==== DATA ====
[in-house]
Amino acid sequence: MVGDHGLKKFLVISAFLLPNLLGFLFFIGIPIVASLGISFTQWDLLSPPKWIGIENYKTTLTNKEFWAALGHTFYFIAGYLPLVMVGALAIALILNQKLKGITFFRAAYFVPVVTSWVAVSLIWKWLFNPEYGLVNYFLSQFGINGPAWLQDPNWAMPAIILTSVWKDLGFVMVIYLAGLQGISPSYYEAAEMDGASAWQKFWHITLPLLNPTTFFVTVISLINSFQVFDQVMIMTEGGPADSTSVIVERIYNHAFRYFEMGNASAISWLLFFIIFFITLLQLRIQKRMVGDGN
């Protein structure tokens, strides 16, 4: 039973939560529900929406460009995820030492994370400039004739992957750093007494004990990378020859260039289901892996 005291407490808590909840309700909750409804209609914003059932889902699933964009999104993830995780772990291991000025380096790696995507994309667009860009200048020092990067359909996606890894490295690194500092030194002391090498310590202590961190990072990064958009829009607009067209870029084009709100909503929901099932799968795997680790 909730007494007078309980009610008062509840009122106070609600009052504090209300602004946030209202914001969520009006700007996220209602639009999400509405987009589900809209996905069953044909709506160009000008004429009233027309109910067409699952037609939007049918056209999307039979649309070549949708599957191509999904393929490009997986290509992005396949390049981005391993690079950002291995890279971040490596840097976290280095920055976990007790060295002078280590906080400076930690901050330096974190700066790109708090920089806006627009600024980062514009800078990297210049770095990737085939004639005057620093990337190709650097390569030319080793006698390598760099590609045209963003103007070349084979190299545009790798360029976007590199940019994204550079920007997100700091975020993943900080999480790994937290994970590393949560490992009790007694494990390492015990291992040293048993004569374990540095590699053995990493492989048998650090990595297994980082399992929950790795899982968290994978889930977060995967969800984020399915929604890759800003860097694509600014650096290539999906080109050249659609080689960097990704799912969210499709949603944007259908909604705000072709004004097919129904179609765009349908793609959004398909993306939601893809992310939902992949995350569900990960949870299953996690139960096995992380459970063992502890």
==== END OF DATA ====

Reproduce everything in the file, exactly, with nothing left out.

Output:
[in-house]
Amino acid sequence: MVGDHGLKKFLVISAFLLPNLLGFLFFIGIPIVASLGISFTQWDLLSPPKWIGIENYKTTLTNKEFWAALGHTFYFIAGYLPLVMVGALAIALILNQKLKGITFFRAAYFVPVVTSWVAVSLIWKWLFNPEYGLVNYFLSQFGINGPAWLQDPNWAMPAIILTSVWKDLGFVMVIYLAGLQGISPSYYEAAEMDGASAWQKFWHITLPLLNPTTFFVTVISLINSFQVFDQVMIMTEGGPADSTSVIVERIYNHAFRYFEMGNASAISWLLFFIIFFITLLQLRIQKRMVGDGN
């Protein structure tokens, strides 16, 4: 039973939560529900929406460009995820030492994370400039004739992957750093007494004990990378020859260039289901892996 005291407490808590909840309700909750409804209609914003059932889902699933964009999104993830995780772990291991000025380096790696995507994309667009860009200048020092990067359909996606890894490295690194500092030194002391090498310590202590961190990072990064958009829009607009067209870029084009709100909503929901099932799968795997680790 909730007494007078309980009610008062509840009122106070609600009052504090209300602004946030209202914001969520009006700007996220209602639009999400509405987009589900809209996905069953044909709506160009000008004429009233027309109910067409699952037609939007049918056209999307039979649309070549949708599957191509999904393929490009997986290509992005396949390049981005391993690079950002291995890279971040490596840097976290280095920055976990007790060295002078280590906080400076930690901050330096974190700066790109708090920089806006627009600024980062514009800078990297210049770095990737085939004639005057620093990337190709650097390569030319080793006698390598760099590609045209963003103007070349084979190299545009790798360029976007590199940019994204550079920007997100700091975020993943900080999480790994937290994970590393949560490992009790007694494990390492015990291992040293048993004569374990540095590699053995990493492989048998650090990595297994980082399992929950790795899982968290994978889930977060995967969800984020399915929604890759800003860097694509600014650096290539999906080109050249659609080689960097990704799912969210499709949603944007259908909604705000072709004004097919129904179609765009349908793609959004398909993306939601893809992310939902992949995350569900990960949870299953996690139960096995992380459970063992502890």